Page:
Have been freezing me since the day
                                                                      When I first knew them,
                                                                      Wishing with extreme passion
                                                                      To have the pleasure of them;
 
                                                                      So that without the aid of the heats
                                                                      With which my soul is burning,
                                                                      Long since my plaints
                                                                      Would have been exhausted in water.
 
                                                                      See then my sweet agitation,
                                                                      See how many wonders
                                                                      You perfect within me
                                                                      Through your matchless beauty.
 
 
Another of Ronsard’s experiments with repetition and contrast to help shape the form of the poem: an opening and closing stanza respond closely; and then 2-3-4 is matched by 5-6-7.  The earlier Blanchemain version is surprisingly little different: a big change in the opening of the ‘refrain’, verses 2 & 5, but otherwise only a couple of minor variants.  One of those is the very opening: “Mais voyez, mon cher esmoy !” (Ah see, my dear trouble!’); the other in the 6th stanza, where in line 3 he writes “Desirant par grande amour” (‘Wishing in great passion‘). Interestingly the later thoughts (above) show Ronsard eliminating the subtle diffrence between this line in verse 6 and its equivalent in verse 3.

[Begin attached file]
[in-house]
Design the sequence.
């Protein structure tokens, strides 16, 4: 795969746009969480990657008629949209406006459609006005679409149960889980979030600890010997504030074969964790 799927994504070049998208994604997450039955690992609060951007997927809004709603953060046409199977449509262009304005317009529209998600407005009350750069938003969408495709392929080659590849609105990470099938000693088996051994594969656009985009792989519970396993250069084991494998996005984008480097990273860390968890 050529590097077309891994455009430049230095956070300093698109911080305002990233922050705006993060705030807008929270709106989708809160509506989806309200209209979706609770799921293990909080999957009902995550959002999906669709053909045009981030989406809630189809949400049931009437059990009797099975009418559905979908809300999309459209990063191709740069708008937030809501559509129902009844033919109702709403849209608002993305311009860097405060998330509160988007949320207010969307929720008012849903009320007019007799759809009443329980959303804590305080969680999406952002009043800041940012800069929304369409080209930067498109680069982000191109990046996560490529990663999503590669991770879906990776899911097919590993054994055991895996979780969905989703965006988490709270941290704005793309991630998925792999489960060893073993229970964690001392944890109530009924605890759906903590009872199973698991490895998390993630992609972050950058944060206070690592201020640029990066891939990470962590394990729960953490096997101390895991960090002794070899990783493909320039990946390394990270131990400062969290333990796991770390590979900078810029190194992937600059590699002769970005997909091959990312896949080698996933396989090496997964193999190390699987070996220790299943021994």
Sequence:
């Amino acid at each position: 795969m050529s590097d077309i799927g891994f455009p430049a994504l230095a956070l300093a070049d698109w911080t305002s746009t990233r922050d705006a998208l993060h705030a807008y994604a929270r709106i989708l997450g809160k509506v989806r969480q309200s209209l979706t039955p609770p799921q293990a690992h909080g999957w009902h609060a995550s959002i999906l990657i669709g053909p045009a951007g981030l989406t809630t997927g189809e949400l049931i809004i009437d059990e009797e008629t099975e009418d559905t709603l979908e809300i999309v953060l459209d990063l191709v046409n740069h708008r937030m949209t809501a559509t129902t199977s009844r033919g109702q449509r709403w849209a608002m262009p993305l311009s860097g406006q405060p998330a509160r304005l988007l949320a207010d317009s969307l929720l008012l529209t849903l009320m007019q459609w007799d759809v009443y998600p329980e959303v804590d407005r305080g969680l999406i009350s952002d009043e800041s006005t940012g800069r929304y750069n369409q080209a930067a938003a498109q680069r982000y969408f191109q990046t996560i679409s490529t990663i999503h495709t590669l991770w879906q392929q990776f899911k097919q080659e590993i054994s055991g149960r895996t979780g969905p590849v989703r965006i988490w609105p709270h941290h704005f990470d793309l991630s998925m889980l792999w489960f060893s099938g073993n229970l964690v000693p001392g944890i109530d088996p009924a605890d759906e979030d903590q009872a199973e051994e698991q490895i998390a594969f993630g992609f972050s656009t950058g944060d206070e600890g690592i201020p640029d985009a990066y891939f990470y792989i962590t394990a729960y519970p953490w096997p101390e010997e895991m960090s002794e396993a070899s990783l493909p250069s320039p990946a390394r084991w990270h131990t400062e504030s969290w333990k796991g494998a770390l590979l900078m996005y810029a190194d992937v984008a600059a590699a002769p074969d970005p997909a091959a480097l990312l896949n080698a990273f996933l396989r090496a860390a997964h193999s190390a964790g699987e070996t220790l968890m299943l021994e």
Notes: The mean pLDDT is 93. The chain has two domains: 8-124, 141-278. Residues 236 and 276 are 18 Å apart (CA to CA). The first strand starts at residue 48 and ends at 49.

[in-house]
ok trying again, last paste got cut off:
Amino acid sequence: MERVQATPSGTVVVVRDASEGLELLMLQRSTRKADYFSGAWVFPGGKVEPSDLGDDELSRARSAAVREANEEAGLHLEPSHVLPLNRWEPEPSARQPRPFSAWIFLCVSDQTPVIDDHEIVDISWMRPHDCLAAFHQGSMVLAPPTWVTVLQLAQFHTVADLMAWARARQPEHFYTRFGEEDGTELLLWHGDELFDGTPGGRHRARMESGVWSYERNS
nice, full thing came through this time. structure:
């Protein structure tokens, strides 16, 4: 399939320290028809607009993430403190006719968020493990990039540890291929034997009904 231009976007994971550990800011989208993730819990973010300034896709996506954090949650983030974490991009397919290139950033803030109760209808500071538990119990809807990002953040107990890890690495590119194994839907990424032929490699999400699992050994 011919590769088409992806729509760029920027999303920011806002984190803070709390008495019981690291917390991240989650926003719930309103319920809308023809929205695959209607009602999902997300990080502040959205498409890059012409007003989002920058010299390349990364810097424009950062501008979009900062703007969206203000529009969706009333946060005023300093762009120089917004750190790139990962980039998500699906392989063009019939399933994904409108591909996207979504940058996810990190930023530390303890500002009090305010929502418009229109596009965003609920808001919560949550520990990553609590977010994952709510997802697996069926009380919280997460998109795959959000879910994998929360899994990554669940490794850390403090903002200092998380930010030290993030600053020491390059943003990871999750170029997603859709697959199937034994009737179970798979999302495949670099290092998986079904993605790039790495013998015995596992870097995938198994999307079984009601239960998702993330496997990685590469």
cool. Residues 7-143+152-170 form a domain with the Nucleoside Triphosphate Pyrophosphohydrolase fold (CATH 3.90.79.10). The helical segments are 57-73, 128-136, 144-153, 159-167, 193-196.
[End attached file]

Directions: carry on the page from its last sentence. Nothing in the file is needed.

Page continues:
The refrain in the 2nd & 5th stanza is adapted as follows:
 
 
… De telle façon vos yeux,
Vostre ris et vostre grace,
Vostre front et vos cheveux,
Et vostre angélique face,
 
Me bruslent depuis le jour  …
 
 
                                                                      … In such a way your eyes,
                                                                      Your smile and your grace,
                                                                      Your brow and your hair,
                                                                      And your angelic face
 
                                                                      Have been burning me since the day
 
 
Interestingly, the original poem by Marullus offers a very different, more complex, set of structural links between the first and second half.  His scheme is broadly 6+6+1, or more precisely  (3+3)+(2+1 wrapped around 3)+1… Ronsard simplifies and restructures the respondences between the two halves; but it’s interesting how, reading the two, the simplicity/complexity of those respondences ‘feels’ pretty equivalent, so that both ‘feel’ like 2 corresponding halves, with a tailpiece or wrapper around them. Here’s Marullus for you to consider, another of his more famous poems: